Illegal immigrant licenses drive debate
The leading presidential contenders, Republicans and Democrats alike, routinely declare their opposition to illegal immigration. But a divide has emerged over a narrower question: Should undocumented immigrants already in the United States be issued driver’s licenses?
During Tuesday night’s Democratic debate, five of the seven candidates indicated they would support states issuing driver’s licenses to illegal immigrants. The front-runner, Sen. Hillary Rodham Clinton of New York, appeared to endorse the idea as well before retreating into an answer with so many caveats that her rivals mocked her for seeming to take both sides.
As soon as the debate ended, the Republican National Committee also pounced -- issuing a statement criticizing Clinton.
On Wednesday, campaign spokesman Phil Singer would not directly answer whether Clinton supported licensing illegal immigrants. “The question misses the point of the issue,” he said, emphasizing that the New York senator wanted comprehensive immigration reform that puts people who are now in the country illegally on a path to citizenship.
The issue has been a source of controversy in several states, from California (where Gov. Gray Davis, who supported licensing, was recalled in 2003) to New York (where Gov. Eliot Spitzer’s call to grant licenses has drawn fire in recent days). It is expected to stay alive during the 2008 campaign as states move to meet a set of deadlines, the first in May, for complying with the Real ID Act of 2005.
That law set nationwide standards designed to make it more difficult for illegal immigrants to secure driver’s licenses. In its final report, the independent commission that investigated the Sept. 11 attacks recommended federal license standards as a way to prevent would-be terrorists in the U.S. from getting around lax state laws and obtaining a recognized form of identification.
Only three states have enacted measures to comply with Real ID. Fourteen others -- citing the cost of compliance, along with a dislike of federal intrusion -- have passed measures saying they will not comply with the law, according to the National Conference of State Legislatures. California legislators have debated the issue, but have yet to act.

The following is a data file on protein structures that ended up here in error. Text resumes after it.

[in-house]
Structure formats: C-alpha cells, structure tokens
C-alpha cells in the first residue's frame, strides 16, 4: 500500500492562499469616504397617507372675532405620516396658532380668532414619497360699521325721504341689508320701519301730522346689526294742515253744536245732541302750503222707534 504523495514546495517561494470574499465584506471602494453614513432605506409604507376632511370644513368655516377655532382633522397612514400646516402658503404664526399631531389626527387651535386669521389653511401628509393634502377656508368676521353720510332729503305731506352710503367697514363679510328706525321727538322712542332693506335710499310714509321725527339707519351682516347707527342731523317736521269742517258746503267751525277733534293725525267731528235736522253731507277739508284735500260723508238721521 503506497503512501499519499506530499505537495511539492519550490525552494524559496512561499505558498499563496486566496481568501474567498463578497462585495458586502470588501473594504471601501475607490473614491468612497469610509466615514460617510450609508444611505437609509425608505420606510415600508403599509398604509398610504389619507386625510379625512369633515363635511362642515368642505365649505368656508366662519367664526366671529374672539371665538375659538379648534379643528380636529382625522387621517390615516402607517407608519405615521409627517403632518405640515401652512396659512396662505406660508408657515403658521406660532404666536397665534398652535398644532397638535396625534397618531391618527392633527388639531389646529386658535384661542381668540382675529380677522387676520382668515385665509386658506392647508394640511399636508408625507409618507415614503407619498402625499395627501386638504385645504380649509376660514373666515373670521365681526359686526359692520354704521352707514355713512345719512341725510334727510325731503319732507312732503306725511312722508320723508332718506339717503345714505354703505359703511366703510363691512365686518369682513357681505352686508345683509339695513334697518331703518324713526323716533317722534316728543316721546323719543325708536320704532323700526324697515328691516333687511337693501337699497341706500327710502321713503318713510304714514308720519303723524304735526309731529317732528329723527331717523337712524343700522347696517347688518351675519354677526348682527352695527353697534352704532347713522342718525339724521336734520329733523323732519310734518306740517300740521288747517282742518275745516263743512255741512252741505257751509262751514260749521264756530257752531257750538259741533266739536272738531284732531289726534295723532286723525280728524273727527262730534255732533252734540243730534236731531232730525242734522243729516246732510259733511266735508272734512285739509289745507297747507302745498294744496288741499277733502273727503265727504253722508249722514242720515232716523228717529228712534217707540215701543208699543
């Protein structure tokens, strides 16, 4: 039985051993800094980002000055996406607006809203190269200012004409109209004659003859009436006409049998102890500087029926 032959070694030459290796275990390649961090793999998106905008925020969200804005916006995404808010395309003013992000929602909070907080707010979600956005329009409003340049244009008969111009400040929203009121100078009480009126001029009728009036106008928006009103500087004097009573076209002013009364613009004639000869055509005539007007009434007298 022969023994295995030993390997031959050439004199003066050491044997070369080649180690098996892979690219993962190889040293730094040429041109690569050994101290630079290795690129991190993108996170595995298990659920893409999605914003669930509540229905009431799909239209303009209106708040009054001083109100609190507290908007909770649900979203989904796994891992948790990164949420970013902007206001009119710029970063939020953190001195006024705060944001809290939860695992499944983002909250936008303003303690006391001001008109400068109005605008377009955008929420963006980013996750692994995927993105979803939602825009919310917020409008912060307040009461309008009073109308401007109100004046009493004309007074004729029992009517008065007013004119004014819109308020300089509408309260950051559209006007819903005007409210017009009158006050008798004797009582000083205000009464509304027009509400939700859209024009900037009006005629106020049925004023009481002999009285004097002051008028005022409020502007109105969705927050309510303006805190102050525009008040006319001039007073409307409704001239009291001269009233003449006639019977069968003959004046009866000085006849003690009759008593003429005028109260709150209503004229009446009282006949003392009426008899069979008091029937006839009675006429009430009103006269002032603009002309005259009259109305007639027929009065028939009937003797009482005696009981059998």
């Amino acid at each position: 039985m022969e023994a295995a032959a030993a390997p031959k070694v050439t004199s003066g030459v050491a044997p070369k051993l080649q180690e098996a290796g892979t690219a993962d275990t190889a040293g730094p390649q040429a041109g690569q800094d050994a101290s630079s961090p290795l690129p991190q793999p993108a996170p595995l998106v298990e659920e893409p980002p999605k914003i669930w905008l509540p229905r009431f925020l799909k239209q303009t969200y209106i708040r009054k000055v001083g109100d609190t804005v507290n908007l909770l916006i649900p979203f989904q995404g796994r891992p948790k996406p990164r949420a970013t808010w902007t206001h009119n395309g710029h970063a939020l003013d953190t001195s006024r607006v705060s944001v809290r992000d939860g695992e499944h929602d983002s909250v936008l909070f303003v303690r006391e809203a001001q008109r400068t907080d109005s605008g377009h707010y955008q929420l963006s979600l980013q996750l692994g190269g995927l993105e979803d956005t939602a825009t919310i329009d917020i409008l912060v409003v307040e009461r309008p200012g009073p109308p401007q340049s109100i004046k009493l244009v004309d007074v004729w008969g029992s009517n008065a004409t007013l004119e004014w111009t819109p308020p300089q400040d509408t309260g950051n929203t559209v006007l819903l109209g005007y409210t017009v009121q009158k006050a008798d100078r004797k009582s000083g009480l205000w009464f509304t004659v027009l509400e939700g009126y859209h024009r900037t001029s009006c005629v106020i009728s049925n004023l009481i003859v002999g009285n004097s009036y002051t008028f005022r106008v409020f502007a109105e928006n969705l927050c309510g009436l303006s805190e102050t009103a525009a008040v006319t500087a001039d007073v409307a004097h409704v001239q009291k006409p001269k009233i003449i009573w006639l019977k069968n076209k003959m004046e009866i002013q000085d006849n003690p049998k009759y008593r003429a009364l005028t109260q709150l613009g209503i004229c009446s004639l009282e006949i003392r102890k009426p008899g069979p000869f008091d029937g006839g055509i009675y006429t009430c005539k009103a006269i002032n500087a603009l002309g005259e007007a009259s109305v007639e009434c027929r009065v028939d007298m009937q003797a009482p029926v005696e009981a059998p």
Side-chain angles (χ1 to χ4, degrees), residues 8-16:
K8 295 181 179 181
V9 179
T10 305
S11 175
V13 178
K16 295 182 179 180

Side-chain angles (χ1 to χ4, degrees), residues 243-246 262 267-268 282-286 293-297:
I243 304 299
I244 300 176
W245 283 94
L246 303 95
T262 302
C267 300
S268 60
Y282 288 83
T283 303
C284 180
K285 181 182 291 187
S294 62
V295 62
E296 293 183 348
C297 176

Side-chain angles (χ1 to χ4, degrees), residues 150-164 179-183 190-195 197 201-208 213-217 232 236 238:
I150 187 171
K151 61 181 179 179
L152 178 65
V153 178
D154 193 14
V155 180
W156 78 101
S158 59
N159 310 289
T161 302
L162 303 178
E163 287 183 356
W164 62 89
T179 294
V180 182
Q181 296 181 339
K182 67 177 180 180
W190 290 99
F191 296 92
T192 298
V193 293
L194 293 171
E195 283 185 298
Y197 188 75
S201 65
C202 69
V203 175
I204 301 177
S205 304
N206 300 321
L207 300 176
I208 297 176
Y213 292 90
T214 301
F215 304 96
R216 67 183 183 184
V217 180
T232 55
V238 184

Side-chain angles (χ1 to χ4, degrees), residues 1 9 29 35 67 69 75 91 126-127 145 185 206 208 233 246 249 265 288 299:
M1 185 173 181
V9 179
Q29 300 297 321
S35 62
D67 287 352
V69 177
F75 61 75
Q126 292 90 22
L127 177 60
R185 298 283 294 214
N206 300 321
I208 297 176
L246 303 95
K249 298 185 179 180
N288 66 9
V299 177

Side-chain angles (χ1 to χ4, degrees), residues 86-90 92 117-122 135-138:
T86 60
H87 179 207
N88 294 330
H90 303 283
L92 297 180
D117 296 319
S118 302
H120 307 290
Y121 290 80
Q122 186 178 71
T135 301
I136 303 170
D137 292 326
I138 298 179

Although the broader question of how the United States deals with illegal immigration was at the forefront of the 2006 midterm election, in which the Democrats won control of both houses of Congress, it has yet to emerge as a dominant issue between the parties in the 2008 presidential race. Republicans generally favor a tough enforcement approach to illegal immigration, but there are differences among the candidates of both parties over how to handle the fence along the U.S.-Mexico border and whether American cities should offer sanctuary to illegal immigrants.
The question of driver’s licenses came up near the end of the two-hour debate Tuesday, when moderator Tim Russert asked Clinton whether she supported Spitzer’s proposal.
The Democratic governor has said he sees the licenses as a way to improve road safety and bring people in the U.S. illegally “out of the shadows.” After his proposal was widely criticized, Spitzer reached an agreement with the federal government last weekend that would allow illegal immigrants to obtain a different type of license -- one they could not use as identification to board airplanes or cross national borders.
In mid-October, Clinton told the editorial board of a New Hampshire newspaper: “I know exactly what Gov. Spitzer’s trying to do, and it makes a lot of sense.” On Tuesday, Russert asked: “Why does it make a lot of sense to give an illegal immigrant a driver’s license?”